According to Mordy Oberstein of RankRanger, just 7% of all initial PAA questions don’t align with a query’s intent. This shows how truly accurate PAAs really are and that the most effective way of getting yourself into the PAA results, just like with all SEO, is to conduct thorough and proper keyword research.
It is definitely worth entering your keywords into the Google search bar to see what results come up from PAAs and saving the questions related to that keyword in a document. Now you’ll know the questions that you need to answer and what words you should include in your article. In fact, Google will actually put the keywords in relation to the query in bold.
What you may notice in your keyword research is that the same questions may appear in the PAA results across multiple search queries. Make sure you take particular note of these because they will give you the most exposure. As previously discussed, when a user clicks on one of the PAA questions, the URL of the source of the image is displayed at the bottom of the answer. This means that they are being exposed to a range of different brands. The more PAA results you appear in, the more likely a user is to recognise, and be aware of, your brand.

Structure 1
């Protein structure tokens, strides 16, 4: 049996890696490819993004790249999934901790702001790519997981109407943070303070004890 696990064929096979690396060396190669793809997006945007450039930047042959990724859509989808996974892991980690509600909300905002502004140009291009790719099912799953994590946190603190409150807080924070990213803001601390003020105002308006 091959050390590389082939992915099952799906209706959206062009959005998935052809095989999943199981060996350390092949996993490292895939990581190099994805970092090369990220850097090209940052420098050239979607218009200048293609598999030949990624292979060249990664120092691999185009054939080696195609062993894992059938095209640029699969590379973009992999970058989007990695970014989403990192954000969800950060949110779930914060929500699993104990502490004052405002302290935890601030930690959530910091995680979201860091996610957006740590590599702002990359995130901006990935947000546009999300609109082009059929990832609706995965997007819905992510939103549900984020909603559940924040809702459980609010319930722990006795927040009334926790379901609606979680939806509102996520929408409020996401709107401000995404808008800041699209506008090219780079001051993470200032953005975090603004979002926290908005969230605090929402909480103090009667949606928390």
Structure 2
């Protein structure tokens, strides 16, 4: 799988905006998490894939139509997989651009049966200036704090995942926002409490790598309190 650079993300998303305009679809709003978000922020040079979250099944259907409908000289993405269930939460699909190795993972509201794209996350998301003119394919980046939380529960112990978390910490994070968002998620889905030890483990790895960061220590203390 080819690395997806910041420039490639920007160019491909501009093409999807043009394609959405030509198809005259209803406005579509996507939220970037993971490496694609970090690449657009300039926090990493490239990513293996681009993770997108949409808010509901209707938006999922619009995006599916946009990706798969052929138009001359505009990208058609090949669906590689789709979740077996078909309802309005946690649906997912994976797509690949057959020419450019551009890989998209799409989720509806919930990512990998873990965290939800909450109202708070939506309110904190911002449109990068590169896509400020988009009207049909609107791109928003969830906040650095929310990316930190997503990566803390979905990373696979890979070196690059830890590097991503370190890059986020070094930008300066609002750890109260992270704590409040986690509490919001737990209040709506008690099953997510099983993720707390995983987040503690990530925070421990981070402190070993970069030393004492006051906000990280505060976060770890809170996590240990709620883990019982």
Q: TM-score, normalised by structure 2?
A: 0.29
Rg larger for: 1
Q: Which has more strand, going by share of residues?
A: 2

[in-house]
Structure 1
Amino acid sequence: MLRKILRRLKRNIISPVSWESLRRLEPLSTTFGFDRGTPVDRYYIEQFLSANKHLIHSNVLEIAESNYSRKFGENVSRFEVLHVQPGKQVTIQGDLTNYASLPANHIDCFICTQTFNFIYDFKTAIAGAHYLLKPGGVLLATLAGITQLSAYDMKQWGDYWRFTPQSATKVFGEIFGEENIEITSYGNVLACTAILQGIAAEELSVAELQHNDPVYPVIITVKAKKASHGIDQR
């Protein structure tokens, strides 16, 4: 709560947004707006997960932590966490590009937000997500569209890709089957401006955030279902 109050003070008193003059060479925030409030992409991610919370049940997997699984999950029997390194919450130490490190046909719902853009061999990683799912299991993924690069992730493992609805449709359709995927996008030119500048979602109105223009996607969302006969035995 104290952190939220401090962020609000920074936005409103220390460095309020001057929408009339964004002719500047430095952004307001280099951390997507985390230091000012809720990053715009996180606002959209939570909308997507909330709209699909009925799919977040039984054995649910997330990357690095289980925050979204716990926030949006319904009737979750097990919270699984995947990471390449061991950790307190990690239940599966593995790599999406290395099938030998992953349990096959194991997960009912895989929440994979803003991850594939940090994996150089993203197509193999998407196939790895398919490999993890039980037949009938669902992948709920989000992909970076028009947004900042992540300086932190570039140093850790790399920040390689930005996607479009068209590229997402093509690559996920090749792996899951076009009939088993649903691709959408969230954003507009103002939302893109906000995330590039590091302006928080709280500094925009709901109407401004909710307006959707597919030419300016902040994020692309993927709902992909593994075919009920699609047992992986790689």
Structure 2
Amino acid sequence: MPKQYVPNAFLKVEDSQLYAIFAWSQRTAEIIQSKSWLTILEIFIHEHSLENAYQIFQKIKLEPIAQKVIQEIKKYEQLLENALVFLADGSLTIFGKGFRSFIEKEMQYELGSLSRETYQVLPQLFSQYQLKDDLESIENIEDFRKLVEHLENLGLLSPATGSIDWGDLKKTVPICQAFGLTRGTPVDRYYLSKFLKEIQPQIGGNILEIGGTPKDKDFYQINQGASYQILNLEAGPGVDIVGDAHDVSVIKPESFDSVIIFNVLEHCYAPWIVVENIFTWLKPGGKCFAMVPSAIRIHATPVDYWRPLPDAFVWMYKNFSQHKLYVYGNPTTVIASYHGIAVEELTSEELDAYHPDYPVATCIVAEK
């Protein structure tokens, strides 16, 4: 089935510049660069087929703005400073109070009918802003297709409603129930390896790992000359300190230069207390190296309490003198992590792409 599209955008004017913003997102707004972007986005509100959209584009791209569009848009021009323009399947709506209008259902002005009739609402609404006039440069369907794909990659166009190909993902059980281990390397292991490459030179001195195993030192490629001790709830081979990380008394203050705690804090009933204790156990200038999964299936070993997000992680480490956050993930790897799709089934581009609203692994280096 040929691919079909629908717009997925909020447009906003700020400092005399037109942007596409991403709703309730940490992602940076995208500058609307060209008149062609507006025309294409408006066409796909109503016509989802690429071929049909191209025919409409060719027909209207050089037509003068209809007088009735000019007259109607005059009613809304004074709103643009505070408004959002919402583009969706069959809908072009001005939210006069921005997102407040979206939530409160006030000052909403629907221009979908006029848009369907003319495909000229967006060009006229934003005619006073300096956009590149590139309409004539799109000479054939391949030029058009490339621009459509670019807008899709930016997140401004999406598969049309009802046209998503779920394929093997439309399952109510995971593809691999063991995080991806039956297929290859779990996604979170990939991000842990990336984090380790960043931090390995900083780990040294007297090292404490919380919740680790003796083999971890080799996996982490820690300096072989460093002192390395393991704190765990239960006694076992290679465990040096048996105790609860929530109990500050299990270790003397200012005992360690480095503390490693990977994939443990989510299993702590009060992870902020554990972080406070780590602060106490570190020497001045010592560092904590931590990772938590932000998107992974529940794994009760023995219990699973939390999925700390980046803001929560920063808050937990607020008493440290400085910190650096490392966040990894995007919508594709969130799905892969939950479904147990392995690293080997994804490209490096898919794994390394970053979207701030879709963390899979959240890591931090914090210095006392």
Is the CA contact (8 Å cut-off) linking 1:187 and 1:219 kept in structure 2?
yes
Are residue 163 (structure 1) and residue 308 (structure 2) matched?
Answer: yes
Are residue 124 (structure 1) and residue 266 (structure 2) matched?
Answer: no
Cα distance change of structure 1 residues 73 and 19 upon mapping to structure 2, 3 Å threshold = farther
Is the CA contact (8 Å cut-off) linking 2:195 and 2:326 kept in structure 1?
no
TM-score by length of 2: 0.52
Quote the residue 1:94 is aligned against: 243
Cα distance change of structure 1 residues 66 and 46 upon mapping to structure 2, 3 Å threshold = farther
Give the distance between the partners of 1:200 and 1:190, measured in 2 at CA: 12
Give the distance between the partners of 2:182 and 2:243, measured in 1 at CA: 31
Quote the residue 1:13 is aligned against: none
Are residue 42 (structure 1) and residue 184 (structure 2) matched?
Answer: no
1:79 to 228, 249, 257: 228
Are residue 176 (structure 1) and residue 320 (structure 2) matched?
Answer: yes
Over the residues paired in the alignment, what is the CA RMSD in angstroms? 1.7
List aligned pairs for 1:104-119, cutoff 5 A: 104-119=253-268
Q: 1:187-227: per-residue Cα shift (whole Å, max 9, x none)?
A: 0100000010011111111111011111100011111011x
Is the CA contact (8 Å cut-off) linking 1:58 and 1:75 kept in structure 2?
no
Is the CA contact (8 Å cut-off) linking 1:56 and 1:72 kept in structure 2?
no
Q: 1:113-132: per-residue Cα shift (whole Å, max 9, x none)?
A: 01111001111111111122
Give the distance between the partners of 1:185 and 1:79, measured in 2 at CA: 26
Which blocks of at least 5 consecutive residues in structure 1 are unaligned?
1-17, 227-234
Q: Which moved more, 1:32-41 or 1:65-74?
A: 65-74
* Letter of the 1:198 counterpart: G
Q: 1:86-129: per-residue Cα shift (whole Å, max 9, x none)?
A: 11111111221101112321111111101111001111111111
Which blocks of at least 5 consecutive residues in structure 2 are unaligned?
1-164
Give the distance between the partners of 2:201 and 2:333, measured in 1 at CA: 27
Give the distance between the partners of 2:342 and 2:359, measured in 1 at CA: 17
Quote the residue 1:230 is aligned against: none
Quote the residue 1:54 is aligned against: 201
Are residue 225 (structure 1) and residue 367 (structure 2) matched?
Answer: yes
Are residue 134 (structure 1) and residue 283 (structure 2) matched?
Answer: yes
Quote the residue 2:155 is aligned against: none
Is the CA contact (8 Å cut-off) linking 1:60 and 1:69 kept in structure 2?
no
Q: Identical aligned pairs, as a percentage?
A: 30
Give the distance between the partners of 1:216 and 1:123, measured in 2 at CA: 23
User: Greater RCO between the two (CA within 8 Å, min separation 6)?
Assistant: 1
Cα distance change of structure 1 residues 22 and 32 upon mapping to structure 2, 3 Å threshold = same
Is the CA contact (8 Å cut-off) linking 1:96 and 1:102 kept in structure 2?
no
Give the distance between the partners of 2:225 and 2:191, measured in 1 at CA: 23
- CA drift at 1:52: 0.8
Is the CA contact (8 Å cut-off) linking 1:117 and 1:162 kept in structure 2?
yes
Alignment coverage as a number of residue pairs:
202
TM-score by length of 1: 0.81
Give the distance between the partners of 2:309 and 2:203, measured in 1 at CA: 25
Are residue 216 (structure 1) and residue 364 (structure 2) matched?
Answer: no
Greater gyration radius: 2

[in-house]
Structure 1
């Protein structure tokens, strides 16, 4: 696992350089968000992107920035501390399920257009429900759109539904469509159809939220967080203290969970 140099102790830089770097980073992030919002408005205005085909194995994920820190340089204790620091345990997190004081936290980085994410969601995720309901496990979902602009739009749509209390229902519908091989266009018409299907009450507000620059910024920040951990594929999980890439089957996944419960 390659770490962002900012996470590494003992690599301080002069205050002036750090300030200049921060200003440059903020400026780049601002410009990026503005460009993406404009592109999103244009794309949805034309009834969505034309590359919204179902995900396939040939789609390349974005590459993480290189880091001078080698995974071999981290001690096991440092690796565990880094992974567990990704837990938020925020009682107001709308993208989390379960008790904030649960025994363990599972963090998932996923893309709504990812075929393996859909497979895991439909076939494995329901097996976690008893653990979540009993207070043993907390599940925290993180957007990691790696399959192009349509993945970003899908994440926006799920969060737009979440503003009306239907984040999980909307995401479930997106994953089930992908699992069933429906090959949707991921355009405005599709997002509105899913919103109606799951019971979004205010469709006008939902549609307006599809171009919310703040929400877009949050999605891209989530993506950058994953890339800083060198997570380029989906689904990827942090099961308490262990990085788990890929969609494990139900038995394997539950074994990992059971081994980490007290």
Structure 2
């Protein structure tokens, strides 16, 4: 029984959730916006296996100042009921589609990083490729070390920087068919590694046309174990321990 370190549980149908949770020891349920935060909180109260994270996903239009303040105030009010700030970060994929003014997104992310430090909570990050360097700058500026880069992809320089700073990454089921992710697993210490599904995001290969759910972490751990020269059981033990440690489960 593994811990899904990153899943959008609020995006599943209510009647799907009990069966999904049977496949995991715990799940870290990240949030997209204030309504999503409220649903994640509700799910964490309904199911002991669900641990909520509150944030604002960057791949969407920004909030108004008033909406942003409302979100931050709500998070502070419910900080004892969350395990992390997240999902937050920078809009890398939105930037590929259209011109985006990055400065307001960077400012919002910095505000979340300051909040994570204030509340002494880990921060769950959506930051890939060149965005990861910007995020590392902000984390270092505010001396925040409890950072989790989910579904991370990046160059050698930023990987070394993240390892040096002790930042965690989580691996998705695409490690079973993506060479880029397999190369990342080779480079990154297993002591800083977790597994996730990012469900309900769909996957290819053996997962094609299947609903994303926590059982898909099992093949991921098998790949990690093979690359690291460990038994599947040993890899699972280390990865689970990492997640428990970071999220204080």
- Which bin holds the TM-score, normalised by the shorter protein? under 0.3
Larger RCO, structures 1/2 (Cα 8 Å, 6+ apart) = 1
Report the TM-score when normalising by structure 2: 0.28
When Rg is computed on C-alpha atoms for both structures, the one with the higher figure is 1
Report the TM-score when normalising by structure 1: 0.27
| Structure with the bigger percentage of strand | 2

Almost all of the answers to PAAs are kept non-salesy and provide complete answers to the questions. Google has a very clever and unique way of shortening lengthy articles to fit within their short PAA box, while making sure the questions are answered in full.
Some individuals may just look at the answer and quickly move on, but there are many who will then click through to the website. It is definitely worth having internal links within your web page to redirect the user to other areas of your website.
Your authority is always important when it comes to ranking higher in the SERPS so naturally it’ll form a strong part of Google’s algorithm when determining if your page is eligible for a PAA result. Your content has to be clear, concise and informative in a way which makes sense and makes it easy for Google to read and decide whether it’s the strongest answer to a question within the PAAs.
From your keyword research you will have to ensure that your content is directly answering the question in PAA, to give you the best chance of ranking within the PAA section.
According to Advanced Web Ranking, users tend to spend more time searching Google via their mobile opposed to a desktop. The percentage of SERPs with PAA results is actually much higher than you would see on desktop. It is with this in mind that you must make sure that your website is mobile-friendly; we can be very confident that this will for sure be a part of Google’s Algorithm when selecting an article for PAA.
So now you know more about People Also Ask and what factors to consider when trying to optimise your content to rank.
Has your webpage appeared within PAA? Or are you striving to get it there? Tell us about your experience with PAA in the comments below or tweet us @TeamTillison.